It wasn’t. The 1970s was the ghastly decade. It was absolutely hideous.

This has been brought back to me recently by the spate of repellent sexual abuse cases from that era which are currently being aired in the UK.

The foul J. Savile is the most notorious (I shudder even to type the name), but in the wake of those revelations hordes more women have felt able to come forward and report crimes that were visited on them around the same time by other celebrities who felt entitled, at the very least, to cop a good feel.

It seems to some an odd coincidence that so many well-known men could suddenly be revealed to be ruthless sexual predators. Not to me. In the 1970s that kind of revolting male behaviour was considered not just normal – but admirable. It’s not just the individuals who are on trial, it’s the whole hideous decade.


The most recent nauseating thing to emerge is that, in 1975, the National Council for Civil Liberties – a most excellent human rights advocacy organisation founded in the 1930s and operating now as Liberty – granted official affiliate status to a vile coterie of creeps called the Paedophile Information Exchange.

They claimed to be campaigning for the ‘rights’ of paedophiles and in the heat of the 1970s moment, when everybody’s rights to be recognised equal were up for grabs – women, homosexuals, people of colour (to use the US term) – they hopped aboard in the heady melee.

This revelation has been used this week by the British gutter press to smear by association the Labour MP and Shadow Deputy Prime Minister, Harriet Harman, who was working at the NCCL at the time.

Of course Ms Harman had nothing to do with giving that toxic group credence (much too busy working on equal pay for women), but the fact that such an organisation ever did, is another example of just how warped ideas about sexual ‘freedom’ had become in the 1970s.

The hangover of the sweetly naïve free love ideals of the 1960s, combined with the freedom from inconvenient unwanted pregnancy – without the need for any male responsibility for it – made possible by the contraceptive pill, created a ‘sexual revolution’ which at the time seemed like a marvellous step forward from the repression which had gripped since the Victorian era.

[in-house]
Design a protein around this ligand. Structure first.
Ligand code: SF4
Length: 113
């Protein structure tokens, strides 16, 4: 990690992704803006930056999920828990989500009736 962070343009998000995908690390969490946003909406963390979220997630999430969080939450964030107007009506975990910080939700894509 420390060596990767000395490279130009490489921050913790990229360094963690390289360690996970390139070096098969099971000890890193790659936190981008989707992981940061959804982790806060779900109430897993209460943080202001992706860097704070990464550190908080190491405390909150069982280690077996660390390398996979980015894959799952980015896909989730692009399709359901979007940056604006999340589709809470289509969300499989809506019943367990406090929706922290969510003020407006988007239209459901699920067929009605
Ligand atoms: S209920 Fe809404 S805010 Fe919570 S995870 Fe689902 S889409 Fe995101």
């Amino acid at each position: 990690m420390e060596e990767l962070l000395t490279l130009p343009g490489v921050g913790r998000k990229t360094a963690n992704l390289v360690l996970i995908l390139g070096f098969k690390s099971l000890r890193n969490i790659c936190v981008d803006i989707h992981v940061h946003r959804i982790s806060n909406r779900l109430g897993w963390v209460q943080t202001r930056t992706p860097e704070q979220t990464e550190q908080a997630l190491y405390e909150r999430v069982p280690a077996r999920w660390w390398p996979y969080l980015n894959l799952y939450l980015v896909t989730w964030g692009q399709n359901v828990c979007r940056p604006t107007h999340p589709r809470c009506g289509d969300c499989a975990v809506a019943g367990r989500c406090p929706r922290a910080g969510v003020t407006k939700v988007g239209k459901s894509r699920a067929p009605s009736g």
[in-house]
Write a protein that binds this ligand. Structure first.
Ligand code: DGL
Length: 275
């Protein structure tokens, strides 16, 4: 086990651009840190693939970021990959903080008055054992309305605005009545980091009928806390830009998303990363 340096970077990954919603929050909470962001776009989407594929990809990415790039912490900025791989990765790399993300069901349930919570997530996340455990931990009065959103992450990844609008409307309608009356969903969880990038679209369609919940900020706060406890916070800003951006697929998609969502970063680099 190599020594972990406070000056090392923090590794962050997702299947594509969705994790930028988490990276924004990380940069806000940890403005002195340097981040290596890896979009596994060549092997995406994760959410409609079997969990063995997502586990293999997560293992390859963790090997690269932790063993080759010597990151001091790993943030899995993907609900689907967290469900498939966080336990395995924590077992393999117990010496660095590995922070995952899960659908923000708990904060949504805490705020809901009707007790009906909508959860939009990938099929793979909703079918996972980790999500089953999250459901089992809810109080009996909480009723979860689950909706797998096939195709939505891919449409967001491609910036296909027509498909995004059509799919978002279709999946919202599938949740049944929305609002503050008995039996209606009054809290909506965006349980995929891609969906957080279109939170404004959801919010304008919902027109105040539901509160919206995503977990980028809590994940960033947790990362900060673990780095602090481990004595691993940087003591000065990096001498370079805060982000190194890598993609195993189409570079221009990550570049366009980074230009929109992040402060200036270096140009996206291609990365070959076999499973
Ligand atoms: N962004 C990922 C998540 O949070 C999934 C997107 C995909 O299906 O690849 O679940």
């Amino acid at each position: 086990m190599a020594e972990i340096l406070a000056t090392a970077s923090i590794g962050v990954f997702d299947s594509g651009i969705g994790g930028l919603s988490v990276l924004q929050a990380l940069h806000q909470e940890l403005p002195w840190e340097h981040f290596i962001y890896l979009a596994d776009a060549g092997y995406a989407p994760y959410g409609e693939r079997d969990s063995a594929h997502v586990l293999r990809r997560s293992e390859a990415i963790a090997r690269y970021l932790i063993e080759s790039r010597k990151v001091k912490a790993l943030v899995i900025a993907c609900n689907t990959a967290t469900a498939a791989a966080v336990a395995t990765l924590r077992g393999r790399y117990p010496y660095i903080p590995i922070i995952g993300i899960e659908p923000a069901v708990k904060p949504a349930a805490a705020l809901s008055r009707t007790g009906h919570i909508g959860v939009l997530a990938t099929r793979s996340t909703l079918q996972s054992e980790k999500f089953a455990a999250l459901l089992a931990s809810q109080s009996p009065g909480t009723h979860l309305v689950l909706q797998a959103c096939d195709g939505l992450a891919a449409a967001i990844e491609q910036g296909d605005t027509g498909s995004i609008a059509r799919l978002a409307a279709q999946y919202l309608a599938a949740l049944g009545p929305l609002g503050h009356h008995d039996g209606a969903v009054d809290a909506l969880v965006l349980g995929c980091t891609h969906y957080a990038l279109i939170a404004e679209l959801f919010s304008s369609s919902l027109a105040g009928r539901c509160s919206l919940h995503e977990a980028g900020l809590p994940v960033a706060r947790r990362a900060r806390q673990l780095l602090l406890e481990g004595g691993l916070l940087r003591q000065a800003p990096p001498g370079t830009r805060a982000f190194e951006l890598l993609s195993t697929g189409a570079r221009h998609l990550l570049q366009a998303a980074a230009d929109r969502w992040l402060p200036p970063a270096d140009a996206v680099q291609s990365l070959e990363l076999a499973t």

What it actually turned into was sexual open season for men. And all women under forty were prey.

I was a busty teenager in the 1970s and I remember it with horror. Just to walk along the street was to be ogled and catcalled. A visit to the local garage to collect the car with your mum, meant being confronted by walls of bare breasted women.

TV shows aired at peak family viewing times featured men aggressively pursuing women as a hilarious norm. Even the lauded Monty Python made me squirm with discomfort at the way women were depicted. The theme music from Benny Hill still makes me feel nauseous.


The celebrated sexual antics of the great rock bands of the time were another symptom of this epidemic of sexual exploitation under a false banner of freedom and I now understand that this was one of the reasons I fell upon punk rock with such a sense of relief in 1976.

Punk rock was completely asexual. Male and female punks dressed the same – thank you Vivienne Westwood for making bondage trousers that fitted me as well as for my boy pals. Men punk rock stars weren’t sexual warriors – Johnny Rotten? Joe Strummer? no way – and the women weren’t sex objects.

Sex Pistols

OK, the mesmerising, Debbie Harry was the object of many teenage boys’ fantasies, but I always felt she played up her looks on her own terms.